Taken together, our results provide experimental evidence that early pharmacological intervention may provide a successful strategy for the prevention of multiple psychosis-related abnormalities in subjects predisposed to adult dysfunctions. Because the experiments reported here are based on prenatal infection-induced interference with normal brain development, the present findings may be especially relevant for subjects at high risk for schizophrenia following prenatal exposure to infection.4850 Of equal importance are the findings that chronic antipsychotic or antidepressant drug treatment in false-positive subjects is associated with substantial risk for long-lasting brain and behavioral disturbances in adulthood. The present study thus also highlights the critical importance of targeting early preventive pharmacotherapy only to psychosis-prone individuals. This readily suggests the necessity for a careful examination of possible risks and benefits before initiating any early pharmacological intervention programs designed to reduce the incidence of schizophrenia and related disorders among high-risk individuals.
Funding
Swiss National Science Foundation (3100AO-100309); the Swiss Federal Institute of Technology (TH-9/04-2).
Acknowledgments
We are extremely grateful to Peter Schmid for his technical support, to Natalie Aeschbach-Jones for her editorial assistance, and to the Animal Services Team, Schwerzenbach, for animal husbandry and care. Disclosure: The authors have no conflicts to disclose.
1. Klosterkötter J, Hellmich M, Steinmeyer EM, Schultze-Lutter F. Diagnosing schizophrenia in the initial prodromal phase. Arch Gen Psychiatry. 2001;58:158–164. [PubMed]
2. McGlashan TH. Early detection and intervention in schizophrenia: research. Schizophr Bull. 1996;22:327–345. [PubMed]
3. Cornblatt B, Lencz T, Obuchowski M. The schizophrenia prodrome: treatment and high-risk perspectives. Schizophr Res. 2002;54:177–186. [PubMed]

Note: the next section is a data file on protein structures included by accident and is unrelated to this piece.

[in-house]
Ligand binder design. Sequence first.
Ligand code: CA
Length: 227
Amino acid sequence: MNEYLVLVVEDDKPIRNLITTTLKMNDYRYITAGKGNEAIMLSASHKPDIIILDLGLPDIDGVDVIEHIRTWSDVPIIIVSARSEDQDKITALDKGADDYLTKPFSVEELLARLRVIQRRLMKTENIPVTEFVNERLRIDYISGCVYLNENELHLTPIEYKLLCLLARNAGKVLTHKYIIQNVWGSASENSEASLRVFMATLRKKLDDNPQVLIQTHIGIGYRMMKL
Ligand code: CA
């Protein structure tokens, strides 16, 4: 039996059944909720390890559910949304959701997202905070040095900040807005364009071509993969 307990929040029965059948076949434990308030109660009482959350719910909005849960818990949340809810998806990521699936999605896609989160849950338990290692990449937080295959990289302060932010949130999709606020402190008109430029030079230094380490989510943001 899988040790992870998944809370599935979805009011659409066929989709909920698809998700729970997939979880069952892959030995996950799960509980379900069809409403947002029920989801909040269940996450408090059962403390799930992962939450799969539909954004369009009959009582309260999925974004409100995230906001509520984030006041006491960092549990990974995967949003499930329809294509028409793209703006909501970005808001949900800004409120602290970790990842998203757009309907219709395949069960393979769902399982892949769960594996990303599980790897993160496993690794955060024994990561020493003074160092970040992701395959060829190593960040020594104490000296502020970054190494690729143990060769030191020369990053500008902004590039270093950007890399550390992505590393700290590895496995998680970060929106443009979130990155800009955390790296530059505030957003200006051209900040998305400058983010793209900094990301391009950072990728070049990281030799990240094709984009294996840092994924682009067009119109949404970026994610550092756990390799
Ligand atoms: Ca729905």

4. Ruhrmann S, Schultze-Lutter F, Maier W, Klosterkötter J. Pharmacological intervention in the initial prodromal phase of psychosis. Eur Psychiatry. 2005;20:1–6. [PubMed]
5. Woods SW, Breier A, Zipursky RB, et al. Randomized trial of olanzapine versus placebo in the symptomatic acute treatment of the schizophrenic prodrome. Biol Psychiatry. 2003;54:453–464. [PubMed]
6. Woods SW, Tully EM, Walsh BC, et al. Aripiprazole in the treatment of the psychosis prodrome: an open-label pilot study. Br J Psychiatry Suppl. 2007;51:s96–s101. [PubMed]
7. McGlashan TH, Zipursky RB, Perkins D, et al. The PRIME North America randomized double-blind clinical trial of olanzapine versus placebo in patients at risk of being prodromally symptomatic for psychosis. I. Study rationale and design. Schizophr Res. 2003;61:7–18. [PubMed]
8. McGlashan TH, Zipursky RB, Perkins D, et al. Randomized, double-blind trial of olanzapine versus placebo in patients prodromally symptomatic for psychosis. Am J Psychiatry. 2006;163:790–799. [PubMed]
9. Cornblatt BA, Lencz T, Smith CW, et al. Can antidepressants be used to treat the schizophrenia prodrome? Results of a prospective, naturalistic treatment study of adolescents. J Clin Psychiatry. 2007;68:546–557. [PubMed]
10. Cornblatt BA, Lencz T, Kane JM. Treatment of the schizophrenia prodrome: is it presently ethical? Schizophr Res. 2001;51:31–38. [PubMed]
11. McGlashan TH. Psychosis treatment prior to psychosis onset: ethical issues. Schizophr Res. 2001;51:47–54. [PubMed]
12. Corcoran C, Malaspina D, Hercher L. Prodromal interventions for schizophrenia vulnerability: the risks of being “at risk” Schizophr Res. 2005;73:173–184. [PMC free article] [PubMed]
13. Haroun N, Dunn L, Haroun A, Cadenhead KS. Risk and protection in prodromal schizophrenia: ethical implications for clinical practice and future research. Schizophr Bull. 2006;32:166–178. [PMC free article] [PubMed]
14. Yung AR, Phillips LJ, McGorry PD, et al. Prediction of psychosis. A step towards indicated prevention of schizophrenia. Br J Psychiatry Suppl. 1998;172:14–20. [PubMed]
15. Yung AR, Phillips LJ, Yuen HP, et al. Psychosis prediction: 12-month follow up of a high-risk (”prodromal”) group. Schizophr Res. 2003;60:21–32. [PubMed]
16. Block JJ. Ethical concerns regarding olanzapine versus placebo in patients prodromally symptomatic for psychosis. Am J Psychiatry. 2006;163:1838. [PubMed]
17. Fusar-Poli P, Valmaggia L, McGuire P. Can antidepressants prevent psychosis? Lancet. 2007;370:1746–1748. [PubMed]
18. Lee C, McGlashan TH, Woods SW. Prevention of schizophrenia: can it be achieved? CNS Drugs. 2005;19:193–206. [PubMed]
19. Tenn CC, Fletcher PJ, Kapur S. A putative animal model of the “prodromal” state of schizophrenia. Biol Psychiatry. 2005;57:586–593. [PubMed]